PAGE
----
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Obsessive-compulsive disorder (OCD) is common in clozapine-treated patients although the actual prevalence, phenomenology and risk factors remain unclear. The aim of the present study was to address the three aforementioned questions.
The electronic records of a large cohort of clozapine-medicated schizophrenia patients routinely screened for OCD were used. The Obsessive Compulsive Inventory Revised version (OCI-R) was available from 118 cases and a 21 points cut-off threshold for OCD was defined.
OCD prevalence was 47%, higher in patients on poly-pharmacy than on monotherapy (64% vs 31%; p = 0.001). Two OCI-R factors had significantly higher scores and distinct risk factors: checking behaviour (mean = 5.1; SD = 3.6) correlated with length of clozapine treatment (r = 0.21; p = 0.026), and obsessing factor (mean = 4.8; SD = 3.6) correlated with psychosis severity (r = 0.59; p = 0.001). These factors along with total OCI-R, did not correlate with either clozapine dose or plasma levels, after correcting for psychosis severity.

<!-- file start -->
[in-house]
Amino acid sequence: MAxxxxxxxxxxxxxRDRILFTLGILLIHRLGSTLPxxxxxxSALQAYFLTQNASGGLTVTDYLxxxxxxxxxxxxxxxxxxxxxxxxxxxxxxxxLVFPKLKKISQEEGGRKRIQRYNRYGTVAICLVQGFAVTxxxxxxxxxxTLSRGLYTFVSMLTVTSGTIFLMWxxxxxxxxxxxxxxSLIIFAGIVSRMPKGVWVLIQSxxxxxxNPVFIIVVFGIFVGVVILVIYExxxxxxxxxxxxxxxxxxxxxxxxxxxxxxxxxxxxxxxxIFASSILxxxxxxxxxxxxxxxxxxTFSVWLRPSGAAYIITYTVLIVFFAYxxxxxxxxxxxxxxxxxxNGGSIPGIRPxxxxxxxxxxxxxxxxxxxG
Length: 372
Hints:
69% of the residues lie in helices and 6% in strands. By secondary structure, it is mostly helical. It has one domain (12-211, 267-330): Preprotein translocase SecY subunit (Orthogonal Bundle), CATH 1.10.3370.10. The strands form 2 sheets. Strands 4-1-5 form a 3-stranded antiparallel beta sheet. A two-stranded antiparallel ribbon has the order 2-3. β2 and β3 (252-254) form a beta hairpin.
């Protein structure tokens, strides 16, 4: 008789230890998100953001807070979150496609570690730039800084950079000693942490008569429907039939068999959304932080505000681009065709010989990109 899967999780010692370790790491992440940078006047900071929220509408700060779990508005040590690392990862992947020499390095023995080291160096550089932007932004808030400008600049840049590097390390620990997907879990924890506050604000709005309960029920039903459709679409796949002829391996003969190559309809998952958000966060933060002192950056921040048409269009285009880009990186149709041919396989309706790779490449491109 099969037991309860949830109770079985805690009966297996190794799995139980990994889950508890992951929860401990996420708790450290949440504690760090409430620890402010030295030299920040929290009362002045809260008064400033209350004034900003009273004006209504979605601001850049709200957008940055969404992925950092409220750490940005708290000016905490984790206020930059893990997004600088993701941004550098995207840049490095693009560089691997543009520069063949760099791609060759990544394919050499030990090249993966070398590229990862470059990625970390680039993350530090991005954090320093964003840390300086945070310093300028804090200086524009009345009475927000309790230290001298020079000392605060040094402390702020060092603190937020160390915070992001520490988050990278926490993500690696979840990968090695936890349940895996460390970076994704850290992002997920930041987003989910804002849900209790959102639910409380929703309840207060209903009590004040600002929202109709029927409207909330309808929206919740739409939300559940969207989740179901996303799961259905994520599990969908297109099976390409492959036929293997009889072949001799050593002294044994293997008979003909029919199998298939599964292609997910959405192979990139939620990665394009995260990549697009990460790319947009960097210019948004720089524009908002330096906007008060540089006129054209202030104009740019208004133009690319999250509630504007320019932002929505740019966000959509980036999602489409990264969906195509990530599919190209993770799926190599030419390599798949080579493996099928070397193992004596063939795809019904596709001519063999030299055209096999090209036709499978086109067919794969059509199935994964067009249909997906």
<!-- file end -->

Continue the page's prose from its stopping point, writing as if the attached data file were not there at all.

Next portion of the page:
Screening for OCD in clozapine patients, and probably in those treated with structurally similar drugs with potent antiserotoninergic properties, should be widely adopted by clinicians. Further research is needed to understand the pathophysiology underlying repetitive behavior onset in clozapine-treated patients.
This chapter reviews magnetic resonance (MR) techniques from conventional structural MRI to advanced MRI (volumetry, magnetization transfer (MT), neuromelanin imaging, diffusion imaging, and rs-fMRI). It outlines the ways in which these techniques may be used to detect changes in the brain of Parkinson's disease (PD) patients and their relationships with Parkinsonian symptoms. Functional connectivity (FC) methods that take advantage of intrinsic signal fluctuations have demonstrated that the interactions of brain networks are abnormal in PD at the resting state. MRI has proven useful in the differential diagnosis of the various atypical Parkinsonian disorders such as progressive supranuclear palsy (PSP) and the Parkinson variant of multiple system atrophy (MSA-P). In PD, changes in the basal ganglia and brainstem are subtle and restricted to nuclei such as the substantia nigra (SN) and locus coeruleus (LC). PSP patients present extensive changes in the brainstem, basal ganglia, and cortical regions.
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